Tyreek Hill-Patrick Mahomes: An NFL rivalry no one saw coming

Tue, Jun 21, 2022
NFL News (AP)

Tyreek Hill-Patrick Mahomes: An NFL rivalry no one saw coming
By Martin Rogers
AP Sports Columnist

The oddest new rivalry in the NFL is here, and it's difficult to define whether it's really a rivalry at all, or merely a beef, troll job, or a way to drive up podcast ratings.

Tyreek Hill's verbal jabs at the Kansas City Chiefs and Patrick Mahomes - respectively his old team and his former quarterback - were highly unexpected and are really quite quirky.'

Yep, it's kind of great.

This is the feud we never saw coming, which makes it the perfect time-ticking fodder for this largely empty pocket of the year, when football happened long enough ago that the details of even the most recent campaign are a little hazy, and the new season is far enough away to not truly feel real yet.

Hill is going for it, filling the usually slow summer news cycle with a growing list of digs at the place where he made his name and the QB who launched all those passes in his direction.

His barbs are wide and varied, but they've all been pointed and without scope for confusion. On his new "It Needed To Be Said" pod, Hill criticized the way he was used in Kansas City and insisted the Chiefs will struggle without him following his trade to the Miami Dolphins.

Furthermore, in a comment most NFL observers have scoffed at, he claimed Dolphins third-year QB Tua Tagovailoa is a more accurate passer than Mahomes - the same Mahomes with a Super Bowl ring and four straight AFC Championship appearances.

"Obviously, I'm going to go with 15 as the strongest arm," Hill said. "But as far as accuracy-wise, I'm going with Tua all day."

The NFL offseason has seen movement like no other. Deshaun Watson moved from the Houston Texans to the Cleveland Browns and Tyreek Hill moved from Super Bowl winning QB Patrick Mahomes to Tua and the Miami Dolphins.

Football is not a polite game and wouldn't be nearly as popular if it was. Competitive banter is all part of the deal. Show me a fan who says they don't enjoy that side of it on some level and I might show you someone being economical with the truth.

But the Hill & Friends Show (now former friends, presumably) doesn't fit the typical mold of such things. From the outside, there wasn't any lingering hostility.

Mahomes and Hill were a dynamic combination who gave every appearance of fully appreciating the other's excellence. Hill racked up 4,854 yards over the past four seasons, with 43 touchdowns. There were times when his darting footwork made him darn near impossible to tackle effectively.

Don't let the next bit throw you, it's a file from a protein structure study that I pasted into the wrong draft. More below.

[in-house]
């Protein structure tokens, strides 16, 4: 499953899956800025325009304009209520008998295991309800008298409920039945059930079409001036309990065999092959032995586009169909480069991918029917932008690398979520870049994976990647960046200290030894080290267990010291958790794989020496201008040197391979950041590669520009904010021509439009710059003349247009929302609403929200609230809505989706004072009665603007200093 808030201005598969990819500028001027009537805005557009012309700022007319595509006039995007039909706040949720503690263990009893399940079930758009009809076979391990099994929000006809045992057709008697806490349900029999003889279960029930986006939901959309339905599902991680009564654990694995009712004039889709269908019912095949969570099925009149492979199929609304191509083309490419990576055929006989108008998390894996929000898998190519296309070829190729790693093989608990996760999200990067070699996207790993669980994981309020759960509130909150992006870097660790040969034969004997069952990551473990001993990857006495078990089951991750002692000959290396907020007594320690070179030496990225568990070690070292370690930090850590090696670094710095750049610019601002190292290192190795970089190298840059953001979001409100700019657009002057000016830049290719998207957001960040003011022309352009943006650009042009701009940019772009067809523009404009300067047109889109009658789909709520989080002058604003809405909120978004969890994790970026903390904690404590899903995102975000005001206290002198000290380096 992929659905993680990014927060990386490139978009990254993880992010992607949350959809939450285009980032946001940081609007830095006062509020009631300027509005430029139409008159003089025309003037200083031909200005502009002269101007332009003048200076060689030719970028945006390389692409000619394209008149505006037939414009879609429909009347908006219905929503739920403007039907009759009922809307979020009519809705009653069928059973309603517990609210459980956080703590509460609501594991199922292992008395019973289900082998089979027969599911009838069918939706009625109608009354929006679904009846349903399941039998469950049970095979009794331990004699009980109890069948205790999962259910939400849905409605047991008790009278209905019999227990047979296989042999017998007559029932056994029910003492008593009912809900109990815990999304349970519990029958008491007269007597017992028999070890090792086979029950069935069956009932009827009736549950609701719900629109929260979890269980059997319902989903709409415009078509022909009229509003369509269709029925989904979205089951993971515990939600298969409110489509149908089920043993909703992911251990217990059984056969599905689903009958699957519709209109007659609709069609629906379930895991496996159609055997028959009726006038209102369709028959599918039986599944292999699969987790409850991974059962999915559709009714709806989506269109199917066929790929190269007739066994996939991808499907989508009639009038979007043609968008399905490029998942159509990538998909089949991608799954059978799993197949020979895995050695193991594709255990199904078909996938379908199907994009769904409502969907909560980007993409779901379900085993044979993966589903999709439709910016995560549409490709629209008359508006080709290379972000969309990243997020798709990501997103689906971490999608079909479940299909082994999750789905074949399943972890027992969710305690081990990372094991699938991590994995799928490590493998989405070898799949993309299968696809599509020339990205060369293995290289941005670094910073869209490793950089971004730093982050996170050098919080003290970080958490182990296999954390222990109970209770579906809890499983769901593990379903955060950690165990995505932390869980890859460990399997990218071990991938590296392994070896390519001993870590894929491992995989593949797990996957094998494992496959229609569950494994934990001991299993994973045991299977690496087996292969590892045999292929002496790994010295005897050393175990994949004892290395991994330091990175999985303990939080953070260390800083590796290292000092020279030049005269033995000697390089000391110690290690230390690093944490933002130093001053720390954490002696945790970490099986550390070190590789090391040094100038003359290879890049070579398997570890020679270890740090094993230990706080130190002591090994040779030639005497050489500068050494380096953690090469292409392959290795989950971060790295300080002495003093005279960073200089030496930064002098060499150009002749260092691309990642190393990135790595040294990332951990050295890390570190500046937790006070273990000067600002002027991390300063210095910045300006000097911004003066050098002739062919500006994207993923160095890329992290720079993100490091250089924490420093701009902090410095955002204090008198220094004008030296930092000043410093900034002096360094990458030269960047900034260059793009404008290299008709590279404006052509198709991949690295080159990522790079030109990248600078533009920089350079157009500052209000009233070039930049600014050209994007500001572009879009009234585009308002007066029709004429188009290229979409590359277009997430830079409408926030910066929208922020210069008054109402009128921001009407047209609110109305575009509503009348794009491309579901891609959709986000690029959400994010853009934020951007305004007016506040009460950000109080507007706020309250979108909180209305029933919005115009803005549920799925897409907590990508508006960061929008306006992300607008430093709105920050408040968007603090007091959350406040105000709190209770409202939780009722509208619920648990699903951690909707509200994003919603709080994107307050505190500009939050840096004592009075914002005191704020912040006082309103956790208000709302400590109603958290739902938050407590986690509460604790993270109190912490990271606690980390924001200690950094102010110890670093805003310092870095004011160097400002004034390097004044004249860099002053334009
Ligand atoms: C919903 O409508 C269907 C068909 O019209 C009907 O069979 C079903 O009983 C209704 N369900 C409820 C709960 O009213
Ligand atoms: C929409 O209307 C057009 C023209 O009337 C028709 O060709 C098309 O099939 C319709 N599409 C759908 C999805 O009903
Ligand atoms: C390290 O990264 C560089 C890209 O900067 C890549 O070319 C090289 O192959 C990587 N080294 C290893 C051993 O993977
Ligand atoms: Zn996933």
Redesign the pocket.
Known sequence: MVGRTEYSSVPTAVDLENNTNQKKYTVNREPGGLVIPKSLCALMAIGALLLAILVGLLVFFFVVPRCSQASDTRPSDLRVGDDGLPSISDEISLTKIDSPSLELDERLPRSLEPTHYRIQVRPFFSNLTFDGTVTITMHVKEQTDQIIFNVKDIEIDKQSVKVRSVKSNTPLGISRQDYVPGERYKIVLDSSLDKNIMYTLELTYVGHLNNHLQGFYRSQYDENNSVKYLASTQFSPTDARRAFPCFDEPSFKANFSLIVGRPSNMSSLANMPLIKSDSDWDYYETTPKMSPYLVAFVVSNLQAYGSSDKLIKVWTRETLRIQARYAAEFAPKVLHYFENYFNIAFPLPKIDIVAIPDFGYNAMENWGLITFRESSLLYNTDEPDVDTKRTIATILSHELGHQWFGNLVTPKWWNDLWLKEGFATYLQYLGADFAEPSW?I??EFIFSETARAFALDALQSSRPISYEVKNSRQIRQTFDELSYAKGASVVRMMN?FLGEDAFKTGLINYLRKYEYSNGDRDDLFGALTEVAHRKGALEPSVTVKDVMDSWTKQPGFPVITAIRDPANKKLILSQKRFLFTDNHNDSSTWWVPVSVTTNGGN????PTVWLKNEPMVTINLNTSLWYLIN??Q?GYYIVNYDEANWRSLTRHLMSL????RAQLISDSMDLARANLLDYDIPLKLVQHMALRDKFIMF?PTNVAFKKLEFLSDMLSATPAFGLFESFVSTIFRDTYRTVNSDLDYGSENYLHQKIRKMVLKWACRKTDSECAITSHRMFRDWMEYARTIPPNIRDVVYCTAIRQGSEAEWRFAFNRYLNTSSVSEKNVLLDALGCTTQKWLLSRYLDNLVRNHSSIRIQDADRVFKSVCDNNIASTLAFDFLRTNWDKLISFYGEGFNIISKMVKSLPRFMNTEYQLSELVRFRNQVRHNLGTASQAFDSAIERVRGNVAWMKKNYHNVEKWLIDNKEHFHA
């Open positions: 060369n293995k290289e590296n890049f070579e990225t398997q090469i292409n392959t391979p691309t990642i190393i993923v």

He was part of that unforgettable 13-second comeback against the Buffalo Bills and seemed to be an integral piece of the Chiefs fabric. And when it comes to Mahomes you don't usually identify the respectful young face of the NFL as an obvious target for someone's dissing ire.

Even Mahomes seems a little perplexed by it.

"I talked to him at Formula One in Miami in May and everything seemed fine," Mahomes told reporters. "I'm sure that he's trying to show he loves where he's at in Miami and he loves his teammates. The thing I loved about Tyreek - and I still love - is he wants to win."

Part of Hill's frustration was about his usage, which he felt should have been greater. However, the Chiefs' view is that head coach Andy Reid, offensive coordinator Eric Bieniemy and Mahomes simply had to look at other options, such as the level of cover Hill was attracting.

The resulting transaction was a blockbuster trade backed with a package of draft picks, and a four-year whopper of a contract that will pay the wide receiver a position-leading $120 million over four years.

So where does this thing go next? It looked like nowhere for a short while. There isn't much outlet for an ongoing squabble it seemed, with the Dolphins and Chiefs not due to meet in the regular season until 2023 and the only possibility of a face-off coming in the AFC playoff bracket, which the Dolphins haven't been part of for six years.

But then Hill got into it with former Pittsburgh Steelers safety Ryan Clark, who accused him of, er, being economical with the truth regarding his Mahomes comments, and here we are now, with something that's now taken enough of our time that it will be watched and monitored in the months to come.

Hill is irked and that reality doesn't figure to find a resolution any time soon. Expect more chit-chat from him. Sooner or later, the Chiefs might get sick of it and bite back with something a little spicy. Goodness, let's hope so. The summer heat is just another reminder that gridiron Sundays are still months away.

The Hill-Mahomes/Chiefs soap opera is the silly rivalry we need. Peculiar enough to have us scratching our heads, intriguing enough to be more than fleeting. And contrary enough to help us remember that the NFL is built on fire and ego, which only adds to it all.

Martin Rogers is a columnist for AP Sports and the author of the AP Sports Insider newsletter. You can subscribe to the daily newsletter here.

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